How Quebec Liberals aid separatism

Premier Jean Charest is a prominent defender of separatists' most cherished delusion: that Quebec can leave whenever it chooses

Canada-Québec : "un dialogue de sourds"

Jean Charest as Captain Canada? Don't make me laugh. Charest is the spiritual son of Brian Mulroney and the political heir of the Liberal Party of Quebec. Both followed the same cardinal principle: they would have fierce pillow fights with the separatists, but never, ever undermine separatism.
If Premier Charest really wanted to undermine separatism, he could do it in short order. He need only embrace the Supreme Court of Canada for its 1998 advisory opinion on the unilateral secession of Quebec that found Quebec had no right to secession under either international law or Canadian law. He could explain the stringent conditions that, the court said, must be met if Quebec were to separate legally, rather than by revolution.

The court warned: "Of course, secession would give rise to many issues of great complexity and difficulty. These would have to be resolved within the overall framework of the rule of law, thereby assuring Canadians resident in Quebec and elsewhere a measure of stability in what would likely be a period of considerable upheaval and uncertainty. Nobody seriously suggests that our national existence, seamless in so many aspects, could be effortlessly separated along what are now the provincial boundaries of Quebec."

But that is precisely what Charest and every previous Quebec Liberal leader since Jean Lesage have constantly defended: a painless secession, outside the rule of law. In 1980, when Claude Ryan was Liberal leader, the party adopted this policy, which has been reaffirmed ever since: "The Liberal Party of Quebec recognizes the right of Quebec to define its internal constitution and to express freely its will to maintain the Canadian federal union or to put an end to it. It recognizes, in a word, the right of the Quebec people to self-determine freely its own future."

In 1991, when support for separatism reached historic heights in Quebec, Mr. Mulroney had his party's convention adopt a resolution that affirmed "Quebec's right to self-determination." It was generally taken as affirming Quebec's right to secede unilaterally.

The Supreme Court, when it delivered its answers to the reference on Quebec's secession, should have put an end to such illusions. Secession, the court made absolutely clear, is not a right, not a given, but an outcome very difficult to achieve: "Negotiations would need to address the interests of the other provinces, the federal government and Quebec and indeed the rights of all Canadians, both within and outside Quebec, and specifically, the rights of minorities." And if negotiations understandably failed, the court added, this would not confer on Quebec the right to secede: "In the circumstances, negotiations following such a referendum would undoubtedly be difficult. While the negotiators would have to contemplate the possibility of secession, there would be no absolute legal entitlement to it and no assumption that an agreement reconciling all relevant rights and obligations would actually be reached. It is foreseeable that even negotiations carried out in conformity with the underlying constitutional principles could reach an impasse. We need not speculate here as to what would then transpire. Under the Constitution, secession requires that an amendment be negotiated."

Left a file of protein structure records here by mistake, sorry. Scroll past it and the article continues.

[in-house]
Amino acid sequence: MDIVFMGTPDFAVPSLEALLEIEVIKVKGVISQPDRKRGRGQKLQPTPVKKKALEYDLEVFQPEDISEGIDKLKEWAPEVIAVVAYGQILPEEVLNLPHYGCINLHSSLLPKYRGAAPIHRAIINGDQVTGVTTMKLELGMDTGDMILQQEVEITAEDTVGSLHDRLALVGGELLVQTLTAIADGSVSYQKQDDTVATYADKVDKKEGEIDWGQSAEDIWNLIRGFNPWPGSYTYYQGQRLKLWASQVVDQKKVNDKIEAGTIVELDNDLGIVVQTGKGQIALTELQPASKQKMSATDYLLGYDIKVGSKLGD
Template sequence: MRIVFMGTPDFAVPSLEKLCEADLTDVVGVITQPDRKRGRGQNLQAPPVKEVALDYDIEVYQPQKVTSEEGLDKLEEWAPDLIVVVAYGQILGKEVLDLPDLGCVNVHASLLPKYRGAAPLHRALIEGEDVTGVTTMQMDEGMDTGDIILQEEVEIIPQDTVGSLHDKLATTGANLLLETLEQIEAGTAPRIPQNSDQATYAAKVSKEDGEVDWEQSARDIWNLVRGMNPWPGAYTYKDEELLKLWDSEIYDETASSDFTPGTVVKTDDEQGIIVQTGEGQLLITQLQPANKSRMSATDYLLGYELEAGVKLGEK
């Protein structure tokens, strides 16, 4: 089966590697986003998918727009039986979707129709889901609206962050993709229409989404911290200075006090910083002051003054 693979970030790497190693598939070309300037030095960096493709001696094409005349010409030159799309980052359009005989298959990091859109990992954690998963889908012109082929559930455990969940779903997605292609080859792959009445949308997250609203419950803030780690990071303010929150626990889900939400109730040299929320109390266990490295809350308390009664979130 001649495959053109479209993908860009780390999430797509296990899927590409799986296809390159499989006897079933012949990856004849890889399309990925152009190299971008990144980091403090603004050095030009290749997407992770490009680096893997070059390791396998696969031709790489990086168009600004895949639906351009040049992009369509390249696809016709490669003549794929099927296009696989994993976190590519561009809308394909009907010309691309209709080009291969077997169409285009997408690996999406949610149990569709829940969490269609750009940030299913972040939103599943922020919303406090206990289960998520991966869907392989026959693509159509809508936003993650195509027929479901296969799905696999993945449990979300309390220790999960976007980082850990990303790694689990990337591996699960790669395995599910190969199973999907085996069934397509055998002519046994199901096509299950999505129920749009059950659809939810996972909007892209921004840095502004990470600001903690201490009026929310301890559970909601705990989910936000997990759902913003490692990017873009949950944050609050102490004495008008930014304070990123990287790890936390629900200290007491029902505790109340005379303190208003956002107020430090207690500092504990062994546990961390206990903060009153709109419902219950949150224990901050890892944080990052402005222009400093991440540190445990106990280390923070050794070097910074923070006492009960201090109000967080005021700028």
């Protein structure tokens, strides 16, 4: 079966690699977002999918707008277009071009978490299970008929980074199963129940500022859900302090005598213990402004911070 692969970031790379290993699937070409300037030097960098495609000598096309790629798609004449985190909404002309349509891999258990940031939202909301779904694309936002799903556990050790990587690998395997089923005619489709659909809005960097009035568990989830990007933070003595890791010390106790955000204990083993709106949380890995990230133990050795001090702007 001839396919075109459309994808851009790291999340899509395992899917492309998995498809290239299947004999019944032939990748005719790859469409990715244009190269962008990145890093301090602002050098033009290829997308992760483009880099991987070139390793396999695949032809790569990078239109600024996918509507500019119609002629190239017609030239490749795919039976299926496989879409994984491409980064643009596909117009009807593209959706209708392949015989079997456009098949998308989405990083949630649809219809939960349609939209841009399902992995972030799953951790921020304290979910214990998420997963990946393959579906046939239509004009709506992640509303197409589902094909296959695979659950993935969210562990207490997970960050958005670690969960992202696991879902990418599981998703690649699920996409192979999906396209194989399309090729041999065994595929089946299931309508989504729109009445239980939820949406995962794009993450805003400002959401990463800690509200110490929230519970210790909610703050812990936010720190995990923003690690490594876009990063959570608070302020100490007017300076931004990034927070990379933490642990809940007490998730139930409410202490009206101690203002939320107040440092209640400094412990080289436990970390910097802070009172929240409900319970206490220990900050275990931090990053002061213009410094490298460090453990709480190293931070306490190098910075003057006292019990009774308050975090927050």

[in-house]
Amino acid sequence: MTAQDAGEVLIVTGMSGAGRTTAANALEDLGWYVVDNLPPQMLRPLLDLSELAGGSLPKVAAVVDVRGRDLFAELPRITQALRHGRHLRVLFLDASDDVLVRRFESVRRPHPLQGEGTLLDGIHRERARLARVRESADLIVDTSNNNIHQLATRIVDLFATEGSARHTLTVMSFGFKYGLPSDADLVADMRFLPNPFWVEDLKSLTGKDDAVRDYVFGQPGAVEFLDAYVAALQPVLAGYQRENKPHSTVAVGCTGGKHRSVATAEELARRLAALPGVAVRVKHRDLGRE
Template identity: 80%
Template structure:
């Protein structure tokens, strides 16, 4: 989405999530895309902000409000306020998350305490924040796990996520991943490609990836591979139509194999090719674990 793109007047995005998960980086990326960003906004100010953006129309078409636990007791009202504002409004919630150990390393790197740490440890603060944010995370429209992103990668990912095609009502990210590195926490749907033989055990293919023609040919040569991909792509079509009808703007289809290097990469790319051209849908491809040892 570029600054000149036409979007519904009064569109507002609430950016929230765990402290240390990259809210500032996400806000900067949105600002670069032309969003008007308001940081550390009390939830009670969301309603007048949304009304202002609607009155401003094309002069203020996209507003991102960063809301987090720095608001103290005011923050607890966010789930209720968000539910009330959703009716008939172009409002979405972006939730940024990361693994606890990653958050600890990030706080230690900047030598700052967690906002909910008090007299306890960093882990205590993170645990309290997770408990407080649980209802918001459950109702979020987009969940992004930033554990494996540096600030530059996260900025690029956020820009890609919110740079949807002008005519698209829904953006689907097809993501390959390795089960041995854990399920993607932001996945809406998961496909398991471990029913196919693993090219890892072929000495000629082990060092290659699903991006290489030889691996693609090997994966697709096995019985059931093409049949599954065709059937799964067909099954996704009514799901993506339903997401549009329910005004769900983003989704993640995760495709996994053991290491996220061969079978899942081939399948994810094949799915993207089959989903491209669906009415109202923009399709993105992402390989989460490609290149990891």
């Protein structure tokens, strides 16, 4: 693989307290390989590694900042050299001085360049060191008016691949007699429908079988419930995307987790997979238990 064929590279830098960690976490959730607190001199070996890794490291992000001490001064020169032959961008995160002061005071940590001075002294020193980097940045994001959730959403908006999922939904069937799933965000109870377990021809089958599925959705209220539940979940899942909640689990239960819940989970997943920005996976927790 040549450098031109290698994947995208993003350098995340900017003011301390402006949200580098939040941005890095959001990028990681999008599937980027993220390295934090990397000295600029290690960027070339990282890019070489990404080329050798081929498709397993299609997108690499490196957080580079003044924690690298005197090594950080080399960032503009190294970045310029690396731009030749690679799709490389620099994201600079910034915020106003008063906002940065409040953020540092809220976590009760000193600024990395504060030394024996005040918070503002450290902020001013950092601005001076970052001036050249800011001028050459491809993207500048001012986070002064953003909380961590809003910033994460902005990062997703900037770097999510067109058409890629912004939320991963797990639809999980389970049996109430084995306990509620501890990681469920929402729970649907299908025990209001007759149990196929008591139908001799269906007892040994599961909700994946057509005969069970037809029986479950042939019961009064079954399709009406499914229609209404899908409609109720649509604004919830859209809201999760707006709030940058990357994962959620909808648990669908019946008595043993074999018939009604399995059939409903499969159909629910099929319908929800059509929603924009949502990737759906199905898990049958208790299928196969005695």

Previous Liberal leaders could perhaps be excused on the grounds that they did not know the law before the Supreme Court spoke. Charest has no such excuse. He opposed the reference to the Supreme Court when it was belatedly made in 1996. During the 1997 election campaign, as Progressive Conservative leader, he promised if elected to rescind the reference. In 1998, he voted for a Bloc Quebecois motion that stated: "The House recognizes the Quebec consensus by virtue of which it belongs to the Quebec people, and to it alone, to freely decide on its future." Then, when the court brought down its answers, he publicly professed that the court had left the issue of secession in "a black hole." His acrobatics meant one thing: he was protecting secession against the Constitution, against the rule of law and the authoritative judgment of the court.